by John Michael McDonagh.
“Despair not, one of the thieves was spared; presume not, one of the thieves was not”
– Saint Augustine
Irishman John Michael Douglas begins his ravishing second feature film with the latter quote. ‘Calvary’ is one of those pieces of art. Those kind of films, which leave the audience silent until the final credits (and beyond); the silence steaming from individuals collecting their emotions before breathing again.
Even after watching it five times, the same powerful effect is felt from the first frame to the last. Calvary has an omnipresent underlying force encompassing a blend of everyday pain, faith, despair, humor, candor, bitterness, and forgiveness – that brands itself onto the heart with scarce simplicity. The title is a good indication as to the intensity of the film.
The brilliant moving performance by Brendan Gleeson holds the story with gentle authority mixed with darkened poetry of life lead by the death of his wife, sudden decision to become a priest in an isolated area. Dressed as a priest he faces the heavy puzzling personal struggles of the (randomly interesting) characters of the community, waves, isolation, steep hills, a suicidal daughter, a lonely damaged millionaire, a murder threat [… etc]. In essence, stripped down and silently screaming deranged, damaged and distressed nature of human beings with a touch of dark humor.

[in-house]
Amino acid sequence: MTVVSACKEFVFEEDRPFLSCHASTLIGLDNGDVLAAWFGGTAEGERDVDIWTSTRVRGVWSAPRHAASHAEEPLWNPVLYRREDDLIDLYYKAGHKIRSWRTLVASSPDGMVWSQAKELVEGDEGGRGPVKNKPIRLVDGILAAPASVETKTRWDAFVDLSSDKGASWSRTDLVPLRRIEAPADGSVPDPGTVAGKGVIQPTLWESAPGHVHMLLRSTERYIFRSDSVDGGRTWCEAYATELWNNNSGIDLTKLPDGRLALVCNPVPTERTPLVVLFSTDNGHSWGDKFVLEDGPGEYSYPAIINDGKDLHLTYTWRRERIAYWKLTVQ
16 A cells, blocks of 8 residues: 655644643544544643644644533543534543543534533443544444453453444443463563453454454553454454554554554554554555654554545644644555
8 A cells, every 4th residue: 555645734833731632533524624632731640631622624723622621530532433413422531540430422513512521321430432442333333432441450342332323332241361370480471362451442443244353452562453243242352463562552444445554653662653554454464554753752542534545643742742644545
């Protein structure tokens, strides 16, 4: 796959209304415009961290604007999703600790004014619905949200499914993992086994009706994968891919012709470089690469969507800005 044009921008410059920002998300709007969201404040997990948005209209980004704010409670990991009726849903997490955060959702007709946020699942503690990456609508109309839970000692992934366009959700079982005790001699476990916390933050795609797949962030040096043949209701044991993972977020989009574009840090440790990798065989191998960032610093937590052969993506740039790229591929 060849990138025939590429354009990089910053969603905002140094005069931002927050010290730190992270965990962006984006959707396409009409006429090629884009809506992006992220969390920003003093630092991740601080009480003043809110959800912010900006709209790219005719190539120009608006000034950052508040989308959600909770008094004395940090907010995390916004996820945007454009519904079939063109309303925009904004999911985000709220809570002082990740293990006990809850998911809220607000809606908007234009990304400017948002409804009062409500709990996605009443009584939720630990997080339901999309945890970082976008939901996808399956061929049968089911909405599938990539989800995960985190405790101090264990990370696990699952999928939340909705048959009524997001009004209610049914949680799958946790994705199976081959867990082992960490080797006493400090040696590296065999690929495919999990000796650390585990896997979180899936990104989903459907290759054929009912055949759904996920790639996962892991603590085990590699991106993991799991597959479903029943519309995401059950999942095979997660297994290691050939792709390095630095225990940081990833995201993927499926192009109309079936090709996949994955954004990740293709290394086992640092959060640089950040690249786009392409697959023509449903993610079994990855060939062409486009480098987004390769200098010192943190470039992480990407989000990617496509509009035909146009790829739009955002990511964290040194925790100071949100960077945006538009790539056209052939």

He’s performance as a priest attempting to be good in some of the most emotionally dark circumstances is as fierce as the character’s aura and charismas; it feels heartbreakingly real. Kelly Reilly (playing Brendan Gleeson’s daughter”) also delivers a flawless portrayal of an estranged daughter struggling to bring her life together.
Despite the majestic performances, its all in the frames and the story! Intricate personal battles, traumas and issues from the inhabitants of the small Island-like area they live on constitute the plot. The movie starts on a frame of Priest James during confessional being told he will be killed on the beach next Sunday. The parishioner justifies killing James with his traumatic & violent experience as a child being sexually abused by a priest. Following this opening and mood setting scene, James is waiting for his daughter at the train station; her scars from the failed suicidal attempt still visible and joked about by the two antagonists.
A myriad of intimate traumas and relationships entangled, all linked to Father James and pointing back in his direction throughout the film wraps with fierce elegance the beauty of the story, the landscapes, the people and understated poetry of the film.